Click here to see the article online, or read it in full below. Where did punk really begin? New Yorkers claim it grew out of their music scene headed by bands like the New York Dolls, but Londoners reckon the punk scene stemmed out of a specifically British mindset.
Britain saw a flurry of youth subcultures emerge during the post-war years; Teds, Mods, Skinheads … and punk came on to the scene as an expression of rebellion. Punks railed against traditional notions of gender, family and hierarchy, with punk fashion being the strongest symbol of this. Punk epitomised a D. Y attitude to fashion as a reaction against the consumerism of 70s Post Modernism — and image was everything.
Young punks wore a mish-mash of recycled clothing, often sourced from charity shops. Garments were destroyed, torn and defaced in a style more anti-fashion than fashion, as a statement against pristine clothing favoured by the affluent.
Straps, often attached to trouser legs, were a blatant reference to sexual bondage gear. Purposefully ripped T-shirts were held together with safety pins and women combined tartan kilts, laddered fishnets and heavy Doc Martens to challenge gendered clothing. Extreme hairdos, body piercings and an aggressive stance all tested the boundaries of social acceptability. To be vilified for your stance was a badge of honour not a condemnation.
Provocative music and fashion fused to create the Punk scene. Former art student turned entrepreneur, Malcolm McLaren, formed The Sex Pistols whose message was a clear call for confrontation. The Sex Pistols arrived in a hail of spitting, gobbing and loud-mouthed lyrics; Johnny Rotten blamed it on his sinuses, Julian Temple likened it to the hail of arrows at the Battle of Agincourt. The couple created punk fashions including T-shirts emblazoned with anarchic slogans.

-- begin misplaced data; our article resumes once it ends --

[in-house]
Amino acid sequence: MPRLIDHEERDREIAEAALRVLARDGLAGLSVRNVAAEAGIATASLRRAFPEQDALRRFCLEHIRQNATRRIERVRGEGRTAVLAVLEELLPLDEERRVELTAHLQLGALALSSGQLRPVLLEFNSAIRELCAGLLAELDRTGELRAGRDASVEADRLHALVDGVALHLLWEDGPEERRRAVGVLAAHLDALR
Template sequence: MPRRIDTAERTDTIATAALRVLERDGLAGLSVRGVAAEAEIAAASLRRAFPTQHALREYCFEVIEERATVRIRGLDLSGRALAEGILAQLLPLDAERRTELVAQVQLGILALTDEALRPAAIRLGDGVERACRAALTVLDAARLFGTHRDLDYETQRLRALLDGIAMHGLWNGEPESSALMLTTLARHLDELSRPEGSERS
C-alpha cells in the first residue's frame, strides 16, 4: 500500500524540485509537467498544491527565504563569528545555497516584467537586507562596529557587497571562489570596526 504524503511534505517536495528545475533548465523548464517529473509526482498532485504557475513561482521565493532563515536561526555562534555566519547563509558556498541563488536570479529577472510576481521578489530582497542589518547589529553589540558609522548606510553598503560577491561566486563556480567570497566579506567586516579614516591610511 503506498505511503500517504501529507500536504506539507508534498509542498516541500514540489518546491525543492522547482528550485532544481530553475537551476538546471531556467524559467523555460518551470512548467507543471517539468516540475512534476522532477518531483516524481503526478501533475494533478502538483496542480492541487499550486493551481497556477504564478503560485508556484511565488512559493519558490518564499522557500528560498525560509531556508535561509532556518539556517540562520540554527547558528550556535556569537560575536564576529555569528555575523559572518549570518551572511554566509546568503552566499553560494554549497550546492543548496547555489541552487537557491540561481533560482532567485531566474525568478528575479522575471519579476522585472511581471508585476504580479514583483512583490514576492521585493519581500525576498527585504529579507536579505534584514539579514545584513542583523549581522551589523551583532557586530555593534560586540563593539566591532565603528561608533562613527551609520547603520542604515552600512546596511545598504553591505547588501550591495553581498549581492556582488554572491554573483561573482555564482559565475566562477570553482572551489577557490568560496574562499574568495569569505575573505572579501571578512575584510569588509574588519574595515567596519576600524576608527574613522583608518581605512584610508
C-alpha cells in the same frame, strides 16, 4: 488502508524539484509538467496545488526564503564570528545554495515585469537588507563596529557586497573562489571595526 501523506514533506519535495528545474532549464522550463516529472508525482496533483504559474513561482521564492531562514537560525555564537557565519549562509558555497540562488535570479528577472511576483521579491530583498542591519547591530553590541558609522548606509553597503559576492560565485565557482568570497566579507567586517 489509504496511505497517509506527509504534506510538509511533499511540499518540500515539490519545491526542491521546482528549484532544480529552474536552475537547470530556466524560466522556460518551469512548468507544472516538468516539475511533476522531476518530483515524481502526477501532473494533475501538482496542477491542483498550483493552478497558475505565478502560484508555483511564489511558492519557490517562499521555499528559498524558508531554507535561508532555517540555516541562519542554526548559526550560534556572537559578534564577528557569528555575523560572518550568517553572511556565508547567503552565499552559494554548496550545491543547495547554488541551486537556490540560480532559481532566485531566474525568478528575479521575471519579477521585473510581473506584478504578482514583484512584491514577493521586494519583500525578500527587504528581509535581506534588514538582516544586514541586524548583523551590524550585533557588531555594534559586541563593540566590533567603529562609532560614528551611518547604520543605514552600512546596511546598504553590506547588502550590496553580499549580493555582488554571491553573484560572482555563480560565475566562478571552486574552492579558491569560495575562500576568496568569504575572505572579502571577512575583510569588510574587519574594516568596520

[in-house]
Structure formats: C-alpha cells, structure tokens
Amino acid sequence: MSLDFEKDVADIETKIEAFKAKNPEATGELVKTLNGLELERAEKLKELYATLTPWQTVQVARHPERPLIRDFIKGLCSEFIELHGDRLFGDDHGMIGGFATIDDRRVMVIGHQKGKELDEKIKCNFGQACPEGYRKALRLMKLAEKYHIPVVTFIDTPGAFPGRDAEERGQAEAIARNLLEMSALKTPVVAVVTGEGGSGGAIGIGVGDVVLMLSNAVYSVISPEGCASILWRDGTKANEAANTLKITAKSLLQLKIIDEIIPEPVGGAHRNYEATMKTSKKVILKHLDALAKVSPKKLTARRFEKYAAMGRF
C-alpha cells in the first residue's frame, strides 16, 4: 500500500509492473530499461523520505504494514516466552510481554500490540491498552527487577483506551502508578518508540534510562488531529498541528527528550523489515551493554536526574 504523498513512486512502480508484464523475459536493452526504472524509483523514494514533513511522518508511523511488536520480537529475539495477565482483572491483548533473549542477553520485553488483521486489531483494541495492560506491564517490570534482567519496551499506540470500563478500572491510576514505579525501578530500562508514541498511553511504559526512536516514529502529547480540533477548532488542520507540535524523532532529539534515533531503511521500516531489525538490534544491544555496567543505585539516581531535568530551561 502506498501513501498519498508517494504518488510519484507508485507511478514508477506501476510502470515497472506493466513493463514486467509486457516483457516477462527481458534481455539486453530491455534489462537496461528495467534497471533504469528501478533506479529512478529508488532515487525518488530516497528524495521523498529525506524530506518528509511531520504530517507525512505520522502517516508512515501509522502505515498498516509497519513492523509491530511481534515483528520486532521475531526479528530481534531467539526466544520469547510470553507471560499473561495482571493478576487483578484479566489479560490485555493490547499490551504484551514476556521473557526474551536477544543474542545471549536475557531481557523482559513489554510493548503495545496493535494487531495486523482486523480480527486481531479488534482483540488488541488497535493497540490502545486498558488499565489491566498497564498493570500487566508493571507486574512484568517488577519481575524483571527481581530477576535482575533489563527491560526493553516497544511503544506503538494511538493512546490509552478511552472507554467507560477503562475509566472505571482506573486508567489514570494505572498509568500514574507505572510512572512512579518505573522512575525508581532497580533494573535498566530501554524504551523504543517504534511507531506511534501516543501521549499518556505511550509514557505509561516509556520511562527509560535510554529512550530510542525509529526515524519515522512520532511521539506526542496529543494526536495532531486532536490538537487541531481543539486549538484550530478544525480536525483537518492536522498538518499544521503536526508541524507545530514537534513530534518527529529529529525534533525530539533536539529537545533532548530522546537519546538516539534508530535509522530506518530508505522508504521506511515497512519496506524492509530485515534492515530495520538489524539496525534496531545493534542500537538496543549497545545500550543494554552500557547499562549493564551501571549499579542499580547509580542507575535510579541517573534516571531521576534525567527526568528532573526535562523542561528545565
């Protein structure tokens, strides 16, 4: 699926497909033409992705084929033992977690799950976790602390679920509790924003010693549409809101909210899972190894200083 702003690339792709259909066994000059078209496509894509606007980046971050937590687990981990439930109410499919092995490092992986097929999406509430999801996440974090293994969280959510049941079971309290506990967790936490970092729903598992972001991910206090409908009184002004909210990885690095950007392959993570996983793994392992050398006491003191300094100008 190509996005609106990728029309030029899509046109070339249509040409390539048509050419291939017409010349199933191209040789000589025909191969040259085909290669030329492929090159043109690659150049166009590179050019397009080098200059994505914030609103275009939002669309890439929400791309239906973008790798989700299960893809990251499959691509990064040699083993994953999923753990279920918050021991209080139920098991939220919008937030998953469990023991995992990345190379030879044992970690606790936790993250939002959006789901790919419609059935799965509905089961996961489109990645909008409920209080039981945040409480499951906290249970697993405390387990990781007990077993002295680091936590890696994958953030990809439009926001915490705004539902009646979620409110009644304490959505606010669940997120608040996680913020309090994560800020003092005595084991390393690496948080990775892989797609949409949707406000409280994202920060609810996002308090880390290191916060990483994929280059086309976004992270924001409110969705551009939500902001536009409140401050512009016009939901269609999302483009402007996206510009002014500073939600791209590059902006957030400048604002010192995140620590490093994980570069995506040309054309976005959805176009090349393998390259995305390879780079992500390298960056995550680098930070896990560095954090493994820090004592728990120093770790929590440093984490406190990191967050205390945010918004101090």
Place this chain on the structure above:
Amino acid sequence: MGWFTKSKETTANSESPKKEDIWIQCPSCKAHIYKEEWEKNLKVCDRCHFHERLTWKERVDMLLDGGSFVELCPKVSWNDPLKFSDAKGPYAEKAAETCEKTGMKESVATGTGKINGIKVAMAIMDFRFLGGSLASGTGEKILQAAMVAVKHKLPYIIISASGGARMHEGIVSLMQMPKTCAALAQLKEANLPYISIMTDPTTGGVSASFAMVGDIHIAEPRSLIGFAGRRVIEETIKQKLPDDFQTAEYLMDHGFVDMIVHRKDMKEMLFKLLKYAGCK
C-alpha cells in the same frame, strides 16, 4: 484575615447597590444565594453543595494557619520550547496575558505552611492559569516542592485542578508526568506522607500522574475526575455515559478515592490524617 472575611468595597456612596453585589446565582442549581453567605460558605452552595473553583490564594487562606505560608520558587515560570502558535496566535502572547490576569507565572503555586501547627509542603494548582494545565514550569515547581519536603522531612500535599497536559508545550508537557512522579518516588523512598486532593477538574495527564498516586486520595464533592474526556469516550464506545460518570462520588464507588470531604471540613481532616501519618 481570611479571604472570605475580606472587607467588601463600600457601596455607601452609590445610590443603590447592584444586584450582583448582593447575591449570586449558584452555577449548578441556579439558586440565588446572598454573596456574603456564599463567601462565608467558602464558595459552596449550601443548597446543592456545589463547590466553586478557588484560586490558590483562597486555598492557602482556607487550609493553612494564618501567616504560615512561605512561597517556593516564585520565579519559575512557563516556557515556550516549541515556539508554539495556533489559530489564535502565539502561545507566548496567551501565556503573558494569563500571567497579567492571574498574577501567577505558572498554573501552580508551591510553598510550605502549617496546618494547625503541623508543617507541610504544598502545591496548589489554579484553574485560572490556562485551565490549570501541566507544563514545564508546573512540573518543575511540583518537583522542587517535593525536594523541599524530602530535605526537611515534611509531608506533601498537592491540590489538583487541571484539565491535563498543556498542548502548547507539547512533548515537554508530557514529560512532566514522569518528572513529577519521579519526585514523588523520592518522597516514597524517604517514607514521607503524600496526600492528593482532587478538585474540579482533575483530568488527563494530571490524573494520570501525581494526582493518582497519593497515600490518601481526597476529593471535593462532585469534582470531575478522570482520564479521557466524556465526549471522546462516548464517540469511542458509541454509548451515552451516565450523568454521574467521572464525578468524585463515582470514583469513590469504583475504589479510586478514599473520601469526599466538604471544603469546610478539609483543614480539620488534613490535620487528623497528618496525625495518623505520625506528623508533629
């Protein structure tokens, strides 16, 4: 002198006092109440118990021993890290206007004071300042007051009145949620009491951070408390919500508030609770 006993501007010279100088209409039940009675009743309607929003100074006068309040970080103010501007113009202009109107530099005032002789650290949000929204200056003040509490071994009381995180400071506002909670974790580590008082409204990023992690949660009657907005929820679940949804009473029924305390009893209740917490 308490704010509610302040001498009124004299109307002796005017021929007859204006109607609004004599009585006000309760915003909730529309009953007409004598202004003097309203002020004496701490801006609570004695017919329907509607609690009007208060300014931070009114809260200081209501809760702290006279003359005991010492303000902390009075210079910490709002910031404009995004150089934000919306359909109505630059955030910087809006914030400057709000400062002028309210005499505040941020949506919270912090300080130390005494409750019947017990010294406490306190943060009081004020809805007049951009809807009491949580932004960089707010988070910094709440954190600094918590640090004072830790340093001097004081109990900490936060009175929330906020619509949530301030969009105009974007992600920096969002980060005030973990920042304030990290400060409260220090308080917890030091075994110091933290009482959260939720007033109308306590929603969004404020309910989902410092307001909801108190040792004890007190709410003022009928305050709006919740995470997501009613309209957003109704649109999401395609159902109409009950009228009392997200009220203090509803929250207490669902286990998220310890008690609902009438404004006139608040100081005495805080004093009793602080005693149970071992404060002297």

This became an iconic, if more costly, version of punk fashion and gave rise to the formalizing of sub-culture fashion statements — but could this readymade, manufactured punk fashion still be classed as Punk D. Punk soon became popular with art students who embraced it as a music and fashion statement and a number of Punk Bands emerged, many all-female.
Modern critics consider it to be the best example of the Punk genre in film, but Punk audiences at the time hated it. Whether punk has at times been hijacked by the mainstream, its influence on arts culture and fashion in particular, is undeniable. Never before has the clothes we wear been dictated by a subculture so powerfully.
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